Children's subjective well-being in Africa: A comparative analysis across three countries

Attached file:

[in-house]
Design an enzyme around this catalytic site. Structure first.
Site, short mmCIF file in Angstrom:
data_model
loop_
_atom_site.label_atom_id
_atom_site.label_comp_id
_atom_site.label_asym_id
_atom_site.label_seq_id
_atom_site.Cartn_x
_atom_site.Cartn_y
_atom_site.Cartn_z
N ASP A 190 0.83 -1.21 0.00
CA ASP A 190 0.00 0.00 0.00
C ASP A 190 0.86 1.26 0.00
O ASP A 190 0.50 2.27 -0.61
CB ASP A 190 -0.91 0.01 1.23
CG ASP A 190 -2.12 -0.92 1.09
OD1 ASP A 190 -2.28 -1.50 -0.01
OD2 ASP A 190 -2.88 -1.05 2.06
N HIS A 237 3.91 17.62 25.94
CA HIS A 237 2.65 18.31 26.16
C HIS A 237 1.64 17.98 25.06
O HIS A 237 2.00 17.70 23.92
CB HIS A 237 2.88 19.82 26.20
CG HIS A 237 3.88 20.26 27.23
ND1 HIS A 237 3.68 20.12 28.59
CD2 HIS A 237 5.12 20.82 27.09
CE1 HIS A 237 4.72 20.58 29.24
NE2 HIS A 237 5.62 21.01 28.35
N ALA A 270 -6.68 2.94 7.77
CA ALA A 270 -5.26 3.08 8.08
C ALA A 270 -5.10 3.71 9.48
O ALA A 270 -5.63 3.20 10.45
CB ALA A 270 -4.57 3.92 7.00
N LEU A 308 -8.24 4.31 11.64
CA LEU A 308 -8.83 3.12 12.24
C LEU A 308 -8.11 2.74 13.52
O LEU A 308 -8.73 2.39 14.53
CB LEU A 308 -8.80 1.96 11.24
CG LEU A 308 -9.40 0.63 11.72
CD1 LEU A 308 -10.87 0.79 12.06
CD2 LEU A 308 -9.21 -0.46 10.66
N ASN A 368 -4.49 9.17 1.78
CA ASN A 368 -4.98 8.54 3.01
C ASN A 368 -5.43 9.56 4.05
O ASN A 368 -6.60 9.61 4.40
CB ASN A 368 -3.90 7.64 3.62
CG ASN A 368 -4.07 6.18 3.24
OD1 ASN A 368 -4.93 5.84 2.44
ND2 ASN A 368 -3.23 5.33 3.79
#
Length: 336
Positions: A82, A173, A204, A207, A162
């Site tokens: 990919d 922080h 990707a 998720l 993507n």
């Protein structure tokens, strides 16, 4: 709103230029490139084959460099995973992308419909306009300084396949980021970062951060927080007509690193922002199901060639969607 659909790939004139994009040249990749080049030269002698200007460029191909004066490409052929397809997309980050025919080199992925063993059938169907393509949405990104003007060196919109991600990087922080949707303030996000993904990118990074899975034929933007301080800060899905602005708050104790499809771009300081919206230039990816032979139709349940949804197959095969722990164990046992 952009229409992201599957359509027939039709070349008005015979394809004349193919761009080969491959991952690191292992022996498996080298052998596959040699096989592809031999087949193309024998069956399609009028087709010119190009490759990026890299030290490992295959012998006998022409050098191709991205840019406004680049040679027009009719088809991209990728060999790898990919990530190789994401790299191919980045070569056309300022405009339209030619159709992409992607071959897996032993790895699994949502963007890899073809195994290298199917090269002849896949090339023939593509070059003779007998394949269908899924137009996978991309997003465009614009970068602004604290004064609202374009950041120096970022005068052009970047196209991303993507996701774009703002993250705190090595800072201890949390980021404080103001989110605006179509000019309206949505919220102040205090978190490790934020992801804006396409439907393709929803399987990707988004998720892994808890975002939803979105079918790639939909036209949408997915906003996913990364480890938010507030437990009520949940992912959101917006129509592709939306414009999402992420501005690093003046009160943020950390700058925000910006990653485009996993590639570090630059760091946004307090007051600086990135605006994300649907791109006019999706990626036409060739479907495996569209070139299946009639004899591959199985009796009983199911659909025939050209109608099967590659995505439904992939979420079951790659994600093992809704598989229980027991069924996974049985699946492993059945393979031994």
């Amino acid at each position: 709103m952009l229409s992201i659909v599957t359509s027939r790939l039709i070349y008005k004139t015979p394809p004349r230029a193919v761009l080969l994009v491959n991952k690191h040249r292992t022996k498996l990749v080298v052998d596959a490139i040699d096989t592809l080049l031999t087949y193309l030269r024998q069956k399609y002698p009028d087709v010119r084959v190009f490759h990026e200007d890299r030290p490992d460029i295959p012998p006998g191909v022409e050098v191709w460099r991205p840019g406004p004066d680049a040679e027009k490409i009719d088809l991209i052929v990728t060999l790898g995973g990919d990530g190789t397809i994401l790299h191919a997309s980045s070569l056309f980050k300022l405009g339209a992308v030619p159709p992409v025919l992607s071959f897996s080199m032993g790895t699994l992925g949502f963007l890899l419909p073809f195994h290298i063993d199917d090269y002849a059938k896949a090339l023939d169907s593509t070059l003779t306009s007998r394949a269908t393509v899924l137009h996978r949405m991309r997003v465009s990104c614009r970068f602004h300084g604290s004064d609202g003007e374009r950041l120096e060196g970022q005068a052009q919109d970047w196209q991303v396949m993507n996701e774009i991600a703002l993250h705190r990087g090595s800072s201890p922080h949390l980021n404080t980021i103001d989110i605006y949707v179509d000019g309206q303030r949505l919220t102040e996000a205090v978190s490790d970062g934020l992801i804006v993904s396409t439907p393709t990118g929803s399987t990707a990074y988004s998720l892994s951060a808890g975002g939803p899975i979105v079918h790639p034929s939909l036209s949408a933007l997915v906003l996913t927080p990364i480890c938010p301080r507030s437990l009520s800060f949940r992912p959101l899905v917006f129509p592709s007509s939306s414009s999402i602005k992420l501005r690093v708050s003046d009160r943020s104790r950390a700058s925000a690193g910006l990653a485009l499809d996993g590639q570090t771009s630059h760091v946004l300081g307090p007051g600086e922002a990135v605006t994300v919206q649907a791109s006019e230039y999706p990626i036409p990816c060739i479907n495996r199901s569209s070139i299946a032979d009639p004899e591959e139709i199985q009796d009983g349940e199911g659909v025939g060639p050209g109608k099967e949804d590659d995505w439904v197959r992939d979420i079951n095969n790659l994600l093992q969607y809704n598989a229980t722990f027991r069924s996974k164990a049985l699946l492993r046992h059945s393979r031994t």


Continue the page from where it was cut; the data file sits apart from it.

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Recent trends in child well-being research have shown a substantial advancement in studies investigating children's subjective well-being (SWB). This advancement has raised questions concerning the measurement of SWB and the extent to which various measures can be compared across countries and diverse cultures. With a dearth of empirical data on cross-cultural comparisons, the validation of existing measures and cross-cultural comparisons and adaptations, have been identified as a critical course of action. The current study contributes to this process – it aims to report on children's SWB in three African countries (Algeria, Ethiopia, and South Africa), using two multiple item measures of SWB (the context-free Students' Life Satisfaction Scale and the domain- specific Personal Well-Being Index-School Children). Within this process the study further aims to test the structural validity of these measures and to ascertain its cross-country comparability. Data from the second wave of the Children's Worlds survey were used; and includes a randomly selected sample of 3394 children between the ages of 11–12 from Algeria (Provinces of El Bayedh, Oran, and Tlemcen), Ethiopia and South Africa (Western Cape Province). Located within the goodness of fit theoretical framework, confirmatory factor analysis and Structural Equation Modelling were used to test the overall fit structure, while multi-group confirmatory factor analysis was used to test measurement invariance. The results show appropriate fit structure for the individual models, with metric and scalar factor invariance tenable across the three countries for the Students' Life Satisfaction Scale and partial scalar invariance obtained for four items on the Personal Well-Being Index-School Children. The Algerian sample scored significantly higher than Ethiopia and South Africa on both SWB measures. Appropriate fit structure was obtained for the combined model and for the structural model, indicating adequate convergent validity with the single item Overall Life Satisfaction. Metric and partial scalar invariance was tenable for the structural model, suggesting cross-country comparability for correlations, regressions and means. The overall findings suggest that the two measures are appropriate for use with children from the three countries and that meaningful comparisons can be made between the three countries.